The U.S. Department of Justice has added a bribery charge against one of the defendents in the DOJ’s sweeping investigation into a conspiracy to fix merchant mariner test scores at a U.S. Coast Guard exam center in Mandeville, Louisiana.
U.S. Attorney Duane A. Evans announced the charge of bribery in a superseding bill of information related to its case against Eldridge Johnson, a former U.S. Coast Guard employee at the testing center.
Johnson stands accused of engaging in a scheme to receive bribes from merchant mariners who had applied for Coast Guard-issued licenses from about 2011 until his retirement in 2018.
According to the DOJ, Johnson offered and sold various forms of improper assistance, including reporting false information to the Coast Guard and, more commonly, selling examination questions and answers to mariners before they took the tests.
In order recruit participants, Johnson approached mariners when they appeared at the exam center, called mariners using contact information found in Coast Guard records, and encouraged past participants to refer other mariners to him.
Johnson was previously charged with one count of conspiracy to defraud the U.S. The conspiracy charge alleges that Johnson, following his retirement, acted as an intermediary for Coast Guard exam center employee Dorothy Smith in a scheme in which Smith entered false exam scores in exchange for money. The scheme went on from at least April 2012 until May 2019, resulting more than 50 mariners to receive false scores, with some mariners obtaining false scores on multiple occasions. Almost all of the licenses were officer-level, including positions such as master, chief mate, and chief engineer.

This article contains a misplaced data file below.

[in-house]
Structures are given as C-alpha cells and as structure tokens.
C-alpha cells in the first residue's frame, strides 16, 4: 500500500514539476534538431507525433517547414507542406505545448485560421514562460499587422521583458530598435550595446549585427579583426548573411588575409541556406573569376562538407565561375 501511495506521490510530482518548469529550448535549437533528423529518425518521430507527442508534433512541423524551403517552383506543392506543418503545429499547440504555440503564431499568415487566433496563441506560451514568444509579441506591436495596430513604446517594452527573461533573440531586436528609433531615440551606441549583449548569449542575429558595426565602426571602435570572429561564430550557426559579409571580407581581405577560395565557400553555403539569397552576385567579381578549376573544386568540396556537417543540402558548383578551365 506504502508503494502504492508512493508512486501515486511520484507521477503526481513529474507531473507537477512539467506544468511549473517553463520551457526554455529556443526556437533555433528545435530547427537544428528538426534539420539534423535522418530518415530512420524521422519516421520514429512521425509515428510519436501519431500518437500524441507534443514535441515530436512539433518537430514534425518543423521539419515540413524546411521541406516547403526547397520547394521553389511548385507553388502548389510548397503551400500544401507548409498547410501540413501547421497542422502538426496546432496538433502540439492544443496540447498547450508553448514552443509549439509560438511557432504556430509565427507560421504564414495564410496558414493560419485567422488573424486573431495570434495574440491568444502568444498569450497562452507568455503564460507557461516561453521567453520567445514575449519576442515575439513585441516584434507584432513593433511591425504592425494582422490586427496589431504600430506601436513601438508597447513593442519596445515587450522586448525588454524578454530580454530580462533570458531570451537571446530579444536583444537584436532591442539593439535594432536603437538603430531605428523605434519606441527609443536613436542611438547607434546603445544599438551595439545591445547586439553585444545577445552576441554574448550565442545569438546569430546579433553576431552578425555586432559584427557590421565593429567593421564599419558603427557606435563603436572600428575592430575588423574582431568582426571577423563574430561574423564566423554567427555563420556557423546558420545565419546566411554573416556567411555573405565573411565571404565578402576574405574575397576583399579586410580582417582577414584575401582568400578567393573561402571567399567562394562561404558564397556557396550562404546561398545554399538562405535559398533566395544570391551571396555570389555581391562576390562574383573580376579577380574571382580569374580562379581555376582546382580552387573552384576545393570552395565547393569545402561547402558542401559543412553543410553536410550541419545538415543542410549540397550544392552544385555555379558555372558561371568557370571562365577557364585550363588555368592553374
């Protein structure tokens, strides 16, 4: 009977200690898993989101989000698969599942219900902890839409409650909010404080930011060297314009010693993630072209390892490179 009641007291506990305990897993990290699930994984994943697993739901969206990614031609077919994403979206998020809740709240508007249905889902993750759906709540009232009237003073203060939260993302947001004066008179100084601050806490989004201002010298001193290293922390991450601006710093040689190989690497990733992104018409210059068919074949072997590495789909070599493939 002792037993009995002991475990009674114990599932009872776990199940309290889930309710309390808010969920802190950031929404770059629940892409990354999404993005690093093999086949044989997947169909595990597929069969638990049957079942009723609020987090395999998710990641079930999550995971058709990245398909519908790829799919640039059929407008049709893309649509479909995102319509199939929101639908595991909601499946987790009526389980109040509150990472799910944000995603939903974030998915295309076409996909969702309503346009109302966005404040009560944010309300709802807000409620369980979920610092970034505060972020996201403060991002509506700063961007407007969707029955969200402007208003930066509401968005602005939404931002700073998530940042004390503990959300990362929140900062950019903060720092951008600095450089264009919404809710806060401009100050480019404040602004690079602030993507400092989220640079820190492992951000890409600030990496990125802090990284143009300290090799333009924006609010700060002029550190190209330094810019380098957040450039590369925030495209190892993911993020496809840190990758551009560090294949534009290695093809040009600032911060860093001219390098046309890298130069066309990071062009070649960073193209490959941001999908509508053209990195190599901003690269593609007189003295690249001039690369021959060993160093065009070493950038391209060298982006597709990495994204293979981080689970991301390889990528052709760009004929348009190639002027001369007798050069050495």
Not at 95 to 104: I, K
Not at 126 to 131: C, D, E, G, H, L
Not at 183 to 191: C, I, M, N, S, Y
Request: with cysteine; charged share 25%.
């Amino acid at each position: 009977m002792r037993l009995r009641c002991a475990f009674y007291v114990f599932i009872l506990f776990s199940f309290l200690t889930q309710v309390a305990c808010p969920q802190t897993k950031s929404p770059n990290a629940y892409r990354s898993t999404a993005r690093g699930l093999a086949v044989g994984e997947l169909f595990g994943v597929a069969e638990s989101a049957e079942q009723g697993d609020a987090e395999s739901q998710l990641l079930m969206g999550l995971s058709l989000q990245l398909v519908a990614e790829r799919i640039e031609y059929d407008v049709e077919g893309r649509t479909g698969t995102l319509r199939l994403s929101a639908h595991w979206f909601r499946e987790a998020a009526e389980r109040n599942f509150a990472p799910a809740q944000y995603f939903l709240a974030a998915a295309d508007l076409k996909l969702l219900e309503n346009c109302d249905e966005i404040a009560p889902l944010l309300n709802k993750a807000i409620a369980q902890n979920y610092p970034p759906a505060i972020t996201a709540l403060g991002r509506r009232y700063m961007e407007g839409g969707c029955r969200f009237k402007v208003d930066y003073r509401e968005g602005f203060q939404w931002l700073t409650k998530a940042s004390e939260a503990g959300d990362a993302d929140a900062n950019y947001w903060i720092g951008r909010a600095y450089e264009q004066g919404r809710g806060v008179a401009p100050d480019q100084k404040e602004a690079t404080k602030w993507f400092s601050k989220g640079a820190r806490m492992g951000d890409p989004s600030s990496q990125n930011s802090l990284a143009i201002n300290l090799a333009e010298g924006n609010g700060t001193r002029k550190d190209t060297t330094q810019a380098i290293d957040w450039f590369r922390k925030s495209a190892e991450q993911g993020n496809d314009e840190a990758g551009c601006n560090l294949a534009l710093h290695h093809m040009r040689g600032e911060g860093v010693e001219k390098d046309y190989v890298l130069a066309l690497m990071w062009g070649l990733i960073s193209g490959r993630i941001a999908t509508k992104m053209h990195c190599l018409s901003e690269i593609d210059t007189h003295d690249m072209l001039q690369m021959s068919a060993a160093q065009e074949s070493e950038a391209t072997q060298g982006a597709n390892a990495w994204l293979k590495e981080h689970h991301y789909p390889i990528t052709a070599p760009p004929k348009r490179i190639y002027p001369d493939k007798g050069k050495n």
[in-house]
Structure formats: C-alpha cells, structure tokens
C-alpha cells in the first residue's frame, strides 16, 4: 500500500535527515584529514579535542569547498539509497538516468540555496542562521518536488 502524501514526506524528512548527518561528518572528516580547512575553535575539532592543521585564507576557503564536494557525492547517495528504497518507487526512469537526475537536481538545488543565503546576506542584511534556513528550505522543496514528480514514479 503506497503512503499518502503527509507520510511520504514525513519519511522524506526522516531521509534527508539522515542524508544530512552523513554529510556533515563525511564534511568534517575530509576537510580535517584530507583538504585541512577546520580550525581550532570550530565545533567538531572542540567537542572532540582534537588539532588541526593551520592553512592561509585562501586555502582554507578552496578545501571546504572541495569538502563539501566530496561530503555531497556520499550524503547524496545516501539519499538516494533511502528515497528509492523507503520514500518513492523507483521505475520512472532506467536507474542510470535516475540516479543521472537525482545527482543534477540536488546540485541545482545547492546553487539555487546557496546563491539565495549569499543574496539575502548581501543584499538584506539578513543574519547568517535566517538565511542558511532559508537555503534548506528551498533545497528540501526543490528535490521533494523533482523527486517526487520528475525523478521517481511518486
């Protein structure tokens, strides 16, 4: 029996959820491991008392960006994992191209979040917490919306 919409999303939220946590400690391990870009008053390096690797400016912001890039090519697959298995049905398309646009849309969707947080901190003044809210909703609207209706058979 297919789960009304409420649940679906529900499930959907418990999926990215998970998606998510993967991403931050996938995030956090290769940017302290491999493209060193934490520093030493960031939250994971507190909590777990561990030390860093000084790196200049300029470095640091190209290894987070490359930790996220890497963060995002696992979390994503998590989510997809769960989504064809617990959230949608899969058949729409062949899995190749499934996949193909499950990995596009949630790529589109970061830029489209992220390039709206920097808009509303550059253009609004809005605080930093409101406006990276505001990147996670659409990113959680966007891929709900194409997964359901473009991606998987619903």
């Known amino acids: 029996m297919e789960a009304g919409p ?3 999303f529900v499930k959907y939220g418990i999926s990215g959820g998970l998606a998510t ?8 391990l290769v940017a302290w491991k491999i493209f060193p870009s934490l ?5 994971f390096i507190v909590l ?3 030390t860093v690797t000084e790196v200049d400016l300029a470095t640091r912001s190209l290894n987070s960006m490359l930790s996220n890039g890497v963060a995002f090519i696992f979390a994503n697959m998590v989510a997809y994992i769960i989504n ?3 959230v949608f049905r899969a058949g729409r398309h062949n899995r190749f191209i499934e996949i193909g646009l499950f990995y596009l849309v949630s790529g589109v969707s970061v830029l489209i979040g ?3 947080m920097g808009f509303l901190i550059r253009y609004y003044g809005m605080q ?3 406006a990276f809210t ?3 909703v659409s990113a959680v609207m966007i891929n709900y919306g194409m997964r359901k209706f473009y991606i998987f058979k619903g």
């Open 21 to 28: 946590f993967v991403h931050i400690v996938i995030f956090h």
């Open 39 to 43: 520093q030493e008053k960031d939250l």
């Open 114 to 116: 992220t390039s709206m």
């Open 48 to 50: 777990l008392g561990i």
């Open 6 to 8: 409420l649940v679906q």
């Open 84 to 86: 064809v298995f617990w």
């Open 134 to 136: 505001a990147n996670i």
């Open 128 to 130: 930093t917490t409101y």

Smith pleaded guilty and is scheduled to be sentenced in June.
The original indictment filed in November 2020 charged 31 individuals in the scheme, including three former Coast Guard employees, including Johnson and Smith, and 28 mariners. The third Coast Guard employee, Beverly McCrary, pleaded guilty to being one of Smith’s intermediaries earlier this year and has yet been sentence.
All 31 individuals from the original indictment have since pleaded guilty and most have been sentenced.
Seven of the eight defendants charged in a separate indictment handed down in November 2021 have pleaded guilty to obtaining unearned endorsements through false scores.
If convicted, Johnson faces fifteen years for bribery and five years for conspiracy, in addition to a fine of up to $250,000 per offense plus up to three years of supervised release.
Sign up for our newsletter